User Curve Functions

We saw in the general overview when first generating our model fits with bdotsFit that we we could specify the curve with the argument curveType. Presently, the bdots package contains three options for this: doubleGauss, logistic, and polynomial. Documentation is included for each of these curves.

fit <- bdotsFit(data = cohort_unrelated,
                subject = "Subject",
                time = "Time",
                y = "Fixations",
                group = c("DB_cond", "LookType"),
                curveType = doubleGauss(concave = TRUE),
                cores = 2)

Note that each of these is a function in their own right and must be passed in as a call object. Curve functions that include arguments further specifying the type of curve, i.e., doubleGauss(concave = TRUE) and polynomial(degree = n), should include these when the call is passed into bdotsFit as seen in the example above.

Because each of the functions exists independently of bdotsFit, users can specify their own curve functions for the fitting and bootstrapping process. The purpose of this vignette is to demonstrate how to do so. If you find that you have a curve function that is especially useful, please create a request to have it added to the bdots package here.

We will examine the doubleGauss function in more detail to see how we might go about creating our own. First, let’s identify the components of this function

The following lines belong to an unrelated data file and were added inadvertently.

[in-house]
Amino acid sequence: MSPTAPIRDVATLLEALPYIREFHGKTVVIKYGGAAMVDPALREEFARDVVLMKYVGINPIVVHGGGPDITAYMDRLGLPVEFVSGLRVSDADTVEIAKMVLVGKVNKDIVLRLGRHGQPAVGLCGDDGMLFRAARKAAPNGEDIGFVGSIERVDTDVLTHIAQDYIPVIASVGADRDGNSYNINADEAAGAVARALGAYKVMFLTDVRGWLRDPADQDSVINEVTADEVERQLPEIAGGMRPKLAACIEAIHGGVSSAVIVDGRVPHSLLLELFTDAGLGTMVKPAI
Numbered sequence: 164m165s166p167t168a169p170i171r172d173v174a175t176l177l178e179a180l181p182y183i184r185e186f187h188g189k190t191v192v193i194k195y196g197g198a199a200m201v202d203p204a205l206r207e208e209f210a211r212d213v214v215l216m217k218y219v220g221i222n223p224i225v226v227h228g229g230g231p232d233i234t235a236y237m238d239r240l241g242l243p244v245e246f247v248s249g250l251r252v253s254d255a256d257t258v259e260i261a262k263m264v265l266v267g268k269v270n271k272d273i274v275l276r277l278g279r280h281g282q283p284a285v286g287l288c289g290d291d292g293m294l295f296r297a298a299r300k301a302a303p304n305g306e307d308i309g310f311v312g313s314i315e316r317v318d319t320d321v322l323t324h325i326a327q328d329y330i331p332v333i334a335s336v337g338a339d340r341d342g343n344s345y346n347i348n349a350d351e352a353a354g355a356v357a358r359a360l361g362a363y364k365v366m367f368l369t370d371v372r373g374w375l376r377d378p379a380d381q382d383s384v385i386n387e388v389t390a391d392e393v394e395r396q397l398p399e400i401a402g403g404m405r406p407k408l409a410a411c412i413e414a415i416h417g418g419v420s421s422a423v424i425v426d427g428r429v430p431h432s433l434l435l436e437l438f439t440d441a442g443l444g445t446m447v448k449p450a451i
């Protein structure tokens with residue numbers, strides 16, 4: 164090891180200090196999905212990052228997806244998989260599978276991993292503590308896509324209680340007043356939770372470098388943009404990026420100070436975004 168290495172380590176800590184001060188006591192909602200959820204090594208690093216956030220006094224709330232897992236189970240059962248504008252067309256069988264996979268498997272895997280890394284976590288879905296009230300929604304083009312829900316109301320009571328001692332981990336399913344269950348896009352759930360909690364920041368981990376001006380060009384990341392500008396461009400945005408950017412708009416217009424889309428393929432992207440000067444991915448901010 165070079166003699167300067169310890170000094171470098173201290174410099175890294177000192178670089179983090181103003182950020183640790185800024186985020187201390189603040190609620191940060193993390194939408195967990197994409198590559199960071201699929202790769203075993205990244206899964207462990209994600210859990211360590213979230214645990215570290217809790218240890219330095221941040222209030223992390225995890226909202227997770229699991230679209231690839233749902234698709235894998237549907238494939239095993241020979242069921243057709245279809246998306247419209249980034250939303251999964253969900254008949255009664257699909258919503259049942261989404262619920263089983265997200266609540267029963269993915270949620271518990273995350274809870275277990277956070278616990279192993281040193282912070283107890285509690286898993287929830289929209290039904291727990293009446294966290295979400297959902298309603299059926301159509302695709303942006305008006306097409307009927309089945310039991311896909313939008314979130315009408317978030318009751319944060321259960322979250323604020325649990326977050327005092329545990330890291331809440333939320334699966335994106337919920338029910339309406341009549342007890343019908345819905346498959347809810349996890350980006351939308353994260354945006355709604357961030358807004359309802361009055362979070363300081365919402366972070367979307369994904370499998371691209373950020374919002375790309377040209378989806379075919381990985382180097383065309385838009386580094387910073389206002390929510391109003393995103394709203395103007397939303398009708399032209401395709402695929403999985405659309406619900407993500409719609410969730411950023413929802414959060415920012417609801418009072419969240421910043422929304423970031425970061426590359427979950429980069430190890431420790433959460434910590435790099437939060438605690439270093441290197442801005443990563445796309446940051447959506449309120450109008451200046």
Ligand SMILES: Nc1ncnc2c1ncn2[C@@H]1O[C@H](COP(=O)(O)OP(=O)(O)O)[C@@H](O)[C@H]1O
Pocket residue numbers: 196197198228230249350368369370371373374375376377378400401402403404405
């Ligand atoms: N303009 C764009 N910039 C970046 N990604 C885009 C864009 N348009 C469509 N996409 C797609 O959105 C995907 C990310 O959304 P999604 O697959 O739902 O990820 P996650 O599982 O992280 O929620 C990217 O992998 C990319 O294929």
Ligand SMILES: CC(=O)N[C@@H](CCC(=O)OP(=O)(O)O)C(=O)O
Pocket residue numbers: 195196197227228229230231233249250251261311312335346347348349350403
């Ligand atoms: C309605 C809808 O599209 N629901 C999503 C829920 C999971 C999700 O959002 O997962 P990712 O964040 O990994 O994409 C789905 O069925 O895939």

doubleGauss
#> function (dat, y, time, params = NULL, concave = TRUE, ...) 
#> {
#>     if (is.null(params)) {
#>         params <- dgaussPars(dat, y, time, concave)
#>     }
#>     else {
#>         if (length(params) != 6) 
#>             stop("doubleGauss requires 6 parameters be specified for refitting")
#>         if (!all(names(params) %in% c("mu", "ht", "sig1", "sig2", 
#>             "base1", "base2"))) {
#>             stop("doubleGauss parameters for refitting must be correctly labeled")
#>         }
#>     }
#>     y <- str2lang(y)
#>     time <- str2lang(time)
#>     ff <- bquote(.(y) ~ (.(time) < mu) * (exp(-1 * (.(time) - 
#>         mu)^2/(2 * sig1^2)) * (ht - base1) + base1) + (mu <= 
#>         .(time)) * (exp(-1 * (.(time) - mu)^2/(2 * sig2^2)) * 
#>         (ht - base2) + base2))
#>     attr(ff, "parnames") <- names(params)
#>     return(list(formula = ff, params = params))
#> }
#> <bytecode: 0x55617fac2140>
#> <environment: namespace:bdots>

There are four things to note:

  1. Arguments
    In addition to the argument concave = TRUE, which specifies the curve, we also have dat, y, time, params = NULL, and .... These are the names that must be used for the function to be called correctly. The first represents a data.frame or data.table subset from the data argument to bdotsFit, while y and time correspond to their respective arguments in bdotsFit and should assume that the arguments are passed in as character. It’s important to remember to set params = NULL, as this is only used during the refitting step.